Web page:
Dentist - Towson
8600 LaSalle Rd. Suite 406 Severn Bldg.
Towson, MD 21286
410-321-0551

Posts for: November, 2011

By Dr. Mark Shulman
November 27, 2011
Category: Oral Health
Tags: oral health   tmd   tmj  

The term TMD means “Temporomandibular Disorder.” But if you suffer from this disorder, it means pain. The pain can be mild or severe, acute or chronic, and it can appear to be centered in different locations, making it difficult to diagnose.

People who clench or grind their teeth because of stress often experience the pain of TMD. They might not even know they are engaging in these habits, because they do them subconsciously, for example when driving in traffic or engaging in vigorous exercise. Another cause of TMD might be an injury such as a blow to the jaw.

You can feel your temporomandibular joints working if you place your fingers in front of your ears and move your lower jaw up and down. On each side the joint is composed of an almond shaped structure at the end of the lower jaw, called the condyle, which fits neatly into a depression in the temporal bone (the bone on the side of your skull near your ear). A small disc between the two bones allows the lower jaw to move forward and sideways. The joints are stabilized by ligaments and moved by muscles.

TMD pain is the result of a process that begins when a stimulus such as psychological stress or an injury to the joint causes spasms (involuntary muscle contractions) in the muscles that move the joint. Blood vessels in the muscle begin to accumulate waste products, causing chemical changes and lactic acid buildup in the muscle. Nerves in the muscle then signal the brain to stop the movement of the jaw by registering pain.

TMD pain can appear to originate from various locations in your jaw, head, or neck. This is why it's important to make an appointment with our office for a professional assessment and diagnosis.

Treatment aims to relieve the symptoms of pain and discomfort and to prevent them from recurring in the future. Treatment can include heat, mild painkillers, muscle relaxants, soft diet, and simple jaw exercises, as well as education regarding the causes of TMD. To prevent further pain you may be provided with a “bite guard,” or referred to relaxation training with a licensed therapist. A bite guard is designed to prevent the lower teeth from biting hard into the upper teeth. It is commonly worn at night, but can also be worn during the day if clenching and grinding are apparent.

If these simpler treatments do not solve the problem, we may recommend more complex procedures such as bite adjustment or, as a last resort, surgical treatment may be needed.

Contact us today to discuss your questions about TMD. You can also learn more by reading the Dear Doctor magazine article “TMD: Understanding the Great Imposter.”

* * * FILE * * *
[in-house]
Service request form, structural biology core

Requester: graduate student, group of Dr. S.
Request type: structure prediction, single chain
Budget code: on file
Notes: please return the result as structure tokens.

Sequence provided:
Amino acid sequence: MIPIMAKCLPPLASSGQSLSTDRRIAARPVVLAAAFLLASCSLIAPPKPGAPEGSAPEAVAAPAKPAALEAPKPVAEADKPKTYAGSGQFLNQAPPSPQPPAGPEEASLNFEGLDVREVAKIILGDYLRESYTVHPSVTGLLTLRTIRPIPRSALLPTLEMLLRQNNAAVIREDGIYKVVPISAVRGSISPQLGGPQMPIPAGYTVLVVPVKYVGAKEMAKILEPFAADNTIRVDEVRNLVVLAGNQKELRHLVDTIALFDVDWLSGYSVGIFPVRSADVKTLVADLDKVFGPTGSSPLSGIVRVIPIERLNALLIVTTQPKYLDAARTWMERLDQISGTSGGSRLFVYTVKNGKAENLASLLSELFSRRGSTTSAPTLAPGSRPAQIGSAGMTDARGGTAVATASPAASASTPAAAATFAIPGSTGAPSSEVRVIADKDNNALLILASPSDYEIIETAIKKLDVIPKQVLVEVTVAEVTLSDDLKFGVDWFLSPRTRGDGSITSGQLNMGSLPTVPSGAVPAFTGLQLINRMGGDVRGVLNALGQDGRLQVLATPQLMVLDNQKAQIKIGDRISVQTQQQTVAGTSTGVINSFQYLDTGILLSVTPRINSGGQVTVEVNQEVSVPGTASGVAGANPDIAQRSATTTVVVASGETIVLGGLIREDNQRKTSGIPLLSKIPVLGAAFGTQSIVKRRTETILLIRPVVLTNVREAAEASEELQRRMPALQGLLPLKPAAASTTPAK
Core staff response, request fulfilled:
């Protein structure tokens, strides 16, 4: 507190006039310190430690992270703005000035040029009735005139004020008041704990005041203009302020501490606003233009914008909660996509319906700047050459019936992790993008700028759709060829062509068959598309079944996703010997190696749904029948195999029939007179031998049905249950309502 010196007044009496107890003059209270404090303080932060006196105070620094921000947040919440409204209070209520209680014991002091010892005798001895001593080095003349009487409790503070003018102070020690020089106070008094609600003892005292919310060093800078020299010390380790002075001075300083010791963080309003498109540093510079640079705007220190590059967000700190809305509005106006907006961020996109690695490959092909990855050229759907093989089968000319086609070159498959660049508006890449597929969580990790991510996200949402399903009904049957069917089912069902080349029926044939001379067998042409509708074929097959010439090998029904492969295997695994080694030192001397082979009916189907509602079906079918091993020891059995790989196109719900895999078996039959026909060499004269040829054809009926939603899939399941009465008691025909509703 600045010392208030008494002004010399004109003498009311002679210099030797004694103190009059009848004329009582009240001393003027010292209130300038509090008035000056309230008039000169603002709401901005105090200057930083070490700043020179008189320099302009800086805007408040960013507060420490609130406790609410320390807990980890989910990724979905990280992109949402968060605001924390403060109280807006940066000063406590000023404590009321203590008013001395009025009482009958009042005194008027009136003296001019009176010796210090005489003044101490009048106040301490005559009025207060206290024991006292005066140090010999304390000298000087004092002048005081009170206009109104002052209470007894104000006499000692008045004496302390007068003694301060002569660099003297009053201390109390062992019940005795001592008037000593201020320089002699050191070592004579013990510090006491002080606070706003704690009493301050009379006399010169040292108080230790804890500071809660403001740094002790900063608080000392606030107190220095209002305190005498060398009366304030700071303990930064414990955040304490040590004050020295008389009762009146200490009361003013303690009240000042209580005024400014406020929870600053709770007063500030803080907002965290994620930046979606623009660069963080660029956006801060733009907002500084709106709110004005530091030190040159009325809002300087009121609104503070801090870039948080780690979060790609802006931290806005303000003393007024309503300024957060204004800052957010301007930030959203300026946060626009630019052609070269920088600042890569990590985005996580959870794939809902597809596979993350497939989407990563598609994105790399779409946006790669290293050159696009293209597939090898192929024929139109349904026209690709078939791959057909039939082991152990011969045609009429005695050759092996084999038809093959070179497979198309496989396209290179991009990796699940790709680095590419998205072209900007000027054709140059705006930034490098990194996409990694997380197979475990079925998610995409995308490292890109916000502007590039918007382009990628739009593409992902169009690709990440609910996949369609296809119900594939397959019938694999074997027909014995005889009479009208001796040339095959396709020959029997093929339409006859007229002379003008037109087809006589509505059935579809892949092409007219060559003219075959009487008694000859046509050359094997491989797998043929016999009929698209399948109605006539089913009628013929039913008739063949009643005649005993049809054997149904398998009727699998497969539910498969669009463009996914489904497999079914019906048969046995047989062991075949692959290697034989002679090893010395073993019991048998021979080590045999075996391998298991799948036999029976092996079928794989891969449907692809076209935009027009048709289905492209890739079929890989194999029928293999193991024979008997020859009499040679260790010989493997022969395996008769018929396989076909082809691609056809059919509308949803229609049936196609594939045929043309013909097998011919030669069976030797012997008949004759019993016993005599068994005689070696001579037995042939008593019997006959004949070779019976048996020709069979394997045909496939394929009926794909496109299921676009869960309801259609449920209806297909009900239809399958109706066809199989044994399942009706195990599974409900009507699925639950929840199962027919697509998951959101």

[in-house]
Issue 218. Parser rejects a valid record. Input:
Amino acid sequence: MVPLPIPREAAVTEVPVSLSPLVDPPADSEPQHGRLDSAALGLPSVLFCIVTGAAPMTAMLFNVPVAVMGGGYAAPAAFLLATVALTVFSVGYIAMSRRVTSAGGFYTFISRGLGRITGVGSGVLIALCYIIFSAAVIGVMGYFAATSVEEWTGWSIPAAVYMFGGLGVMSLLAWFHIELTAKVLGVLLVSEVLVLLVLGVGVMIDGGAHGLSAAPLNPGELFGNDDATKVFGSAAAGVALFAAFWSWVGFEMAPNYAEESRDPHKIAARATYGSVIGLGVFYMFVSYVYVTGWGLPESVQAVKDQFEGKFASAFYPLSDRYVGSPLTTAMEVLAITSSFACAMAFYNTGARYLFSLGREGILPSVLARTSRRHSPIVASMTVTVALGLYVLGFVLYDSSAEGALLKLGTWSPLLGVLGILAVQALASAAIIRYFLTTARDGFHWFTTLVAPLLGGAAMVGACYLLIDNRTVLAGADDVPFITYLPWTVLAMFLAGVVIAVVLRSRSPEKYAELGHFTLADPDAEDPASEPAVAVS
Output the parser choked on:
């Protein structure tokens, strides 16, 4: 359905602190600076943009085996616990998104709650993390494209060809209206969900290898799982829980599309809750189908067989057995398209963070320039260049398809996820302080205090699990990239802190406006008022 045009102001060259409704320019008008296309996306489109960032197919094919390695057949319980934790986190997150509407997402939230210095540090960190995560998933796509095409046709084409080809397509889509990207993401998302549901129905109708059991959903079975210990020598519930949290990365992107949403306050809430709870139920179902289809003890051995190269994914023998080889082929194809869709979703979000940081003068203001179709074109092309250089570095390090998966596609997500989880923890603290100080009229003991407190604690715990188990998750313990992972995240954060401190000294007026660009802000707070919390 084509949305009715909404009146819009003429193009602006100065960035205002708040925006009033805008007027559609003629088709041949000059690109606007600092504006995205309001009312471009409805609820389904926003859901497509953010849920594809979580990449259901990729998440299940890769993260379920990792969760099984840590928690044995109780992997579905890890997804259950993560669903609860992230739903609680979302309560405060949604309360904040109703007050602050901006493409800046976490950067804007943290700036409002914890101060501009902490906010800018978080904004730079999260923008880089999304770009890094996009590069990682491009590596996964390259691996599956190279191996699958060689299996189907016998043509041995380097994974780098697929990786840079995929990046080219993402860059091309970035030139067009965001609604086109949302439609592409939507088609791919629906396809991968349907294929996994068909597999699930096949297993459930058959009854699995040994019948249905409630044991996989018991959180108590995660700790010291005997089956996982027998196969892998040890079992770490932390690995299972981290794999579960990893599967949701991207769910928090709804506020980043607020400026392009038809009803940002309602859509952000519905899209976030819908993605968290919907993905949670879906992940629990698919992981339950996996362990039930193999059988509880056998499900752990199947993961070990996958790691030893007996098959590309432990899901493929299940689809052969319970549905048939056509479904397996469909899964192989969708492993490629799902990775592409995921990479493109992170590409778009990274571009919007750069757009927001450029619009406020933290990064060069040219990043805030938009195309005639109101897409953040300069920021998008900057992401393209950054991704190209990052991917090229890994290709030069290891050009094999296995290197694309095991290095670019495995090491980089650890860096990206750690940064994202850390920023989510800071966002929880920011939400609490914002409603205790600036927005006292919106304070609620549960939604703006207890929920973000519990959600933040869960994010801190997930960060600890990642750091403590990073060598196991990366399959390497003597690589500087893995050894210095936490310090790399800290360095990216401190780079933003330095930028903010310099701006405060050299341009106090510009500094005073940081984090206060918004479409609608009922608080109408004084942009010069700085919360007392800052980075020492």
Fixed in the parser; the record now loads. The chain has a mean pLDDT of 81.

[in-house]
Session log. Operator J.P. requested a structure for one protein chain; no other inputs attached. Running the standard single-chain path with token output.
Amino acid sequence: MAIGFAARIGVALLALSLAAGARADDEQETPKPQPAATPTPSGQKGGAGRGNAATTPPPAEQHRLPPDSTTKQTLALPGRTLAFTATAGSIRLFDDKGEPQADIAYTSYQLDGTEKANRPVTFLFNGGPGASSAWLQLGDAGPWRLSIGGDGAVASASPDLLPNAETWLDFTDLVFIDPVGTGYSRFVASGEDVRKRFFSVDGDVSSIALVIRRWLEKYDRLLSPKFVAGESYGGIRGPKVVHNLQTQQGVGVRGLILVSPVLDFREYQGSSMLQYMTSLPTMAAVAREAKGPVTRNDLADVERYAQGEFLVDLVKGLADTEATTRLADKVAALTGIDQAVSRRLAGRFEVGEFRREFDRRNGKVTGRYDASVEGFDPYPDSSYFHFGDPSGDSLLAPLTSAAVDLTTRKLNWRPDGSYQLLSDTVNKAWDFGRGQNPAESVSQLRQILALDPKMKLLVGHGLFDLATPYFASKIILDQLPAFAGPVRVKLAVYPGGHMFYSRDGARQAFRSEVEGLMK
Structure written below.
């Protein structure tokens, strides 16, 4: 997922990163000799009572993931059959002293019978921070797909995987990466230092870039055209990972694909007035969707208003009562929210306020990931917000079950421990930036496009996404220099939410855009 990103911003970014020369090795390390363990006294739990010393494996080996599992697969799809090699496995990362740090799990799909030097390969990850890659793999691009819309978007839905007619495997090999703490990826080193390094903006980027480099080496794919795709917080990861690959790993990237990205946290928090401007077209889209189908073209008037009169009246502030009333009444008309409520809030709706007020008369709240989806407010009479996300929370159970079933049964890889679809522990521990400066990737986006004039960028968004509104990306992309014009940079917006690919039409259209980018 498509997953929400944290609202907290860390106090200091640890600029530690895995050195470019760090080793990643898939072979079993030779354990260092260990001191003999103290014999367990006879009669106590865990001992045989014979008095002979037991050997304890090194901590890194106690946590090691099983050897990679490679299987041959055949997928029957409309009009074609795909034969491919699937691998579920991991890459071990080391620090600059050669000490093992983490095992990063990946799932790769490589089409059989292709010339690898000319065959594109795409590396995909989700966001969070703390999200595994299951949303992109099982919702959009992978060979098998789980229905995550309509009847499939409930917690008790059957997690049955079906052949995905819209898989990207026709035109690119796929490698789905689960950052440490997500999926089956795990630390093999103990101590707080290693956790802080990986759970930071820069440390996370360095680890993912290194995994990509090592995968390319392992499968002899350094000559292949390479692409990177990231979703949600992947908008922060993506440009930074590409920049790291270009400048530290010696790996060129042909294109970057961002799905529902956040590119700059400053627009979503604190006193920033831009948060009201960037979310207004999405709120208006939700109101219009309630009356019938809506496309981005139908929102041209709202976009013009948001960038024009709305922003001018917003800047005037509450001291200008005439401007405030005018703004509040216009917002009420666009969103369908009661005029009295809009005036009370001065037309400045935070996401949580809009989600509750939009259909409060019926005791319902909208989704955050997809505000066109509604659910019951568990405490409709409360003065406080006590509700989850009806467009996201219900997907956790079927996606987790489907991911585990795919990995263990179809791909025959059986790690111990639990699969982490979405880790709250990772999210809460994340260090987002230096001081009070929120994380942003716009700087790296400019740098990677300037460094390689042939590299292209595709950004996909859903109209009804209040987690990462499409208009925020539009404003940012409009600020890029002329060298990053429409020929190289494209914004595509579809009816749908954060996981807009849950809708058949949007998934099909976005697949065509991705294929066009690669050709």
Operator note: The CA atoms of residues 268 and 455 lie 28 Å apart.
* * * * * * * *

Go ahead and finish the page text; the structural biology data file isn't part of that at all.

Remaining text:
Dental implants traditionally have a high success rate with numerous studies showing long-term success rates of over 95%. This is just one of the reasons they have been widely accepted as the best method for permanently replacing missing teeth. In fact, over-dentures, which are full dentures supported and stabilized by at least two dental implants, are now considered the standard of care by the American Dental Association (ADA) for people who have lost all of their teeth in one or both jaws. And while they have a high success rate, there are some factors that can compromise the success rates of implants.

These factors are generally divided into three categories: general health concerns, local factors, and maintenance issues.

  • General health concerns: Your general health, lifestyle, and habits can play a major role in the success of dental implants. For example, smoking, diabetes, osteoporosis (porous bone) or a compromised immune (resistance) system can all negatively impact implant healing and success. And if you have a history of radiation treatment to your jawbones, you are at a higher risk for complications.
  • Local factors: Some examples of local factors that can affect implant success include bone quality and quantity — having sufficient bone in the right place to accurately secure and locate the implants.
  • Maintenance issues: While implants are excellent high tech replacements for missing permanent teeth, they do require routine maintenance. This includes daily cleaning and continued professional care. Otherwise, implants are just like any other technically sophisticated devices — they may be susceptible to breakdown.

To learn more about dental implants, read “Dental Implants, Your Third Set Of Teeth.” Or if you prefer, you can contact us to discuss your questions or to schedule an appointment.